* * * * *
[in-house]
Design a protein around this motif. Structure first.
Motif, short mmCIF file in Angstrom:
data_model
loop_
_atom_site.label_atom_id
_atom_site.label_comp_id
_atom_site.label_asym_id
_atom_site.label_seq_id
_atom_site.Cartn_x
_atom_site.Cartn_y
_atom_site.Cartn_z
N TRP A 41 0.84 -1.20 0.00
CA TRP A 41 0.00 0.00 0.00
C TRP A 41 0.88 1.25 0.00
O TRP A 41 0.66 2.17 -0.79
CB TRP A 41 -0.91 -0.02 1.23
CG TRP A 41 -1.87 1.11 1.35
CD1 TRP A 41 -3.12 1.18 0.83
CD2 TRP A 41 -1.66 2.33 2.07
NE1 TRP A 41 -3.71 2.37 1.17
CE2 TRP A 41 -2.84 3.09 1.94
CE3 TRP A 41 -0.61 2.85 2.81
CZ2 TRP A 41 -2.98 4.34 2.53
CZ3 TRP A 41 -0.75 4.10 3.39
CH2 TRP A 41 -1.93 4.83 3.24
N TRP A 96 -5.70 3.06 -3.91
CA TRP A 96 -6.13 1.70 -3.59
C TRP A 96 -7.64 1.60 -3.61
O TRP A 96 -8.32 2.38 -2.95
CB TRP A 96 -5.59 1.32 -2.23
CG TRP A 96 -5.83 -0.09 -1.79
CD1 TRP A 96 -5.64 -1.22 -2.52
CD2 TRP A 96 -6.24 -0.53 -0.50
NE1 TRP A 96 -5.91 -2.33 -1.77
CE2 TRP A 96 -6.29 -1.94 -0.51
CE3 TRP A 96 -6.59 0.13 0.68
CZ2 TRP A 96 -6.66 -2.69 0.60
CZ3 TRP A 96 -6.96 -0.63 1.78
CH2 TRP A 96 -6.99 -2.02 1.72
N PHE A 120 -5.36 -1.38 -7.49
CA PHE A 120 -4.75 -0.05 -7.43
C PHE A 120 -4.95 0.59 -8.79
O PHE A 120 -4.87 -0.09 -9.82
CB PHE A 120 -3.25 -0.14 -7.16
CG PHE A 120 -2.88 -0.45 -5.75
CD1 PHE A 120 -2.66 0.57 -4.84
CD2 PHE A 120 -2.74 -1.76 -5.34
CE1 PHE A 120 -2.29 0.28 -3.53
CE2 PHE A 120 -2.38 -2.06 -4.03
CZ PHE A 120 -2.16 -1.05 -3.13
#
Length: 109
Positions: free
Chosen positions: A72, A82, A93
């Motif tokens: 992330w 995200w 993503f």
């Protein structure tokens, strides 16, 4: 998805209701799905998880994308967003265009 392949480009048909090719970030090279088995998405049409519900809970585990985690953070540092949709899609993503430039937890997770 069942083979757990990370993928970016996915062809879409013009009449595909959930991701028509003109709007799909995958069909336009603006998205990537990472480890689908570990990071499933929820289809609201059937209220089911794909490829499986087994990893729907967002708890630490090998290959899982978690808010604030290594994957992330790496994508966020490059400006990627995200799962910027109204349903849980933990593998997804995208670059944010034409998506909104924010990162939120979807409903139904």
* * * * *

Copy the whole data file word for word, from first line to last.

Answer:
[in-house]
Design a protein around this motif. Structure first.
Motif, short mmCIF file in Angstrom:
data_model
loop_
_atom_site.label_atom_id
_atom_site.label_comp_id
_atom_site.label_asym_id
_atom_site.label_seq_id
_atom_site.Cartn_x
_atom_site.Cartn_y
_atom_site.Cartn_z
N TRP A 41 0.84 -1.20 0.00
CA TRP A 41 0.00 0.00 0.00
C TRP A 41 0.88 1.25 0.00
O TRP A 41 0.66 2.17 -0.79
CB TRP A 41 -0.91 -0.02 1.23
CG TRP A 41 -1.87 1.11 1.35
CD1 TRP A 41 -3.12 1.18 0.83
CD2 TRP A 41 -1.66 2.33 2.07
NE1 TRP A 41 -3.71 2.37 1.17
CE2 TRP A 41 -2.84 3.09 1.94
CE3 TRP A 41 -0.61 2.85 2.81
CZ2 TRP A 41 -2.98 4.34 2.53
CZ3 TRP A 41 -0.75 4.10 3.39
CH2 TRP A 41 -1.93 4.83 3.24
N TRP A 96 -5.70 3.06 -3.91
CA TRP A 96 -6.13 1.70 -3.59
C TRP A 96 -7.64 1.60 -3.61
O TRP A 96 -8.32 2.38 -2.95
CB TRP A 96 -5.59 1.32 -2.23
CG TRP A 96 -5.83 -0.09 -1.79
CD1 TRP A 96 -5.64 -1.22 -2.52
CD2 TRP A 96 -6.24 -0.53 -0.50
NE1 TRP A 96 -5.91 -2.33 -1.77
CE2 TRP A 96 -6.29 -1.94 -0.51
CE3 TRP A 96 -6.59 0.13 0.68
CZ2 TRP A 96 -6.66 -2.69 0.60
CZ3 TRP A 96 -6.96 -0.63 1.78
CH2 TRP A 96 -6.99 -2.02 1.72
N PHE A 120 -5.36 -1.38 -7.49
CA PHE A 120 -4.75 -0.05 -7.43
C PHE A 120 -4.95 0.59 -8.79
O PHE A 120 -4.87 -0.09 -9.82
CB PHE A 120 -3.25 -0.14 -7.16
CG PHE A 120 -2.88 -0.45 -5.75
CD1 PHE A 120 -2.66 0.57 -4.84
CD2 PHE A 120 -2.74 -1.76 -5.34
CE1 PHE A 120 -2.29 0.28 -3.53
CE2 PHE A 120 -2.38 -2.06 -4.03
CZ PHE A 120 -2.16 -1.05 -3.13
#
Length: 109
Positions: free
Chosen positions: A72, A82, A93
């Motif tokens: 992330w 995200w 993503f």
């Protein structure tokens, strides 16, 4: 998805209701799905998880994308967003265009 392949480009048909090719970030090279088995998405049409519900809970585990985690953070540092949709899609993503430039937890997770 069942083979757990990370993928970016996915062809879409013009009449595909959930991701028509003109709007799909995958069909336009603006998205990537990472480890689908570990990071499933929820289809609201059937209220089911794909490829499986087994990893729907967002708890630490090998290959899982978690808010604030290594994957992330790496994508966020490059400006990627995200799962910027109204349903849980933990593998997804995208670059944010034409998506909104924010990162939120979807409903139904």